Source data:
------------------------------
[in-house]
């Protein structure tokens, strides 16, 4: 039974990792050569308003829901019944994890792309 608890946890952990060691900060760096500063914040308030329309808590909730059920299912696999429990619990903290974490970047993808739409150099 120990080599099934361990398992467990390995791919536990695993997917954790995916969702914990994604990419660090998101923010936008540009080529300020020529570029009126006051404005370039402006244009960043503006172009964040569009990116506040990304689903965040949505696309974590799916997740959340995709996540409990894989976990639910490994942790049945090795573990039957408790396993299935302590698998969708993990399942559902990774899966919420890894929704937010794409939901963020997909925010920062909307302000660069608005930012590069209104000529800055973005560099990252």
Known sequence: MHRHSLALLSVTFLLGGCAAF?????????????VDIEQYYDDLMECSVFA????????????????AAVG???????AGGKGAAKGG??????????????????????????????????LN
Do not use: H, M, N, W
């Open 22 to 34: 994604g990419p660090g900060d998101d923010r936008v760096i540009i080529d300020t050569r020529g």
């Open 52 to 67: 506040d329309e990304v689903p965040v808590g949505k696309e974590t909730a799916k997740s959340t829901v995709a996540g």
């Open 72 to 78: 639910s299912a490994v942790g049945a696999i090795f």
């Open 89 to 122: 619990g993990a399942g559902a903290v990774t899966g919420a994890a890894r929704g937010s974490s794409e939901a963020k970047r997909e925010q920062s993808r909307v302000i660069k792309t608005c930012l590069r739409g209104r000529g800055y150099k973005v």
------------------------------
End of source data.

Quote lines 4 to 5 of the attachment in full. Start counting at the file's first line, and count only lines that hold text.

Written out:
Do not use: H, M, N, W
């Open 22 to 34: 994604g990419p660090g900060d998101d923010r936008v760096i540009i080529d300020t050569r020529g």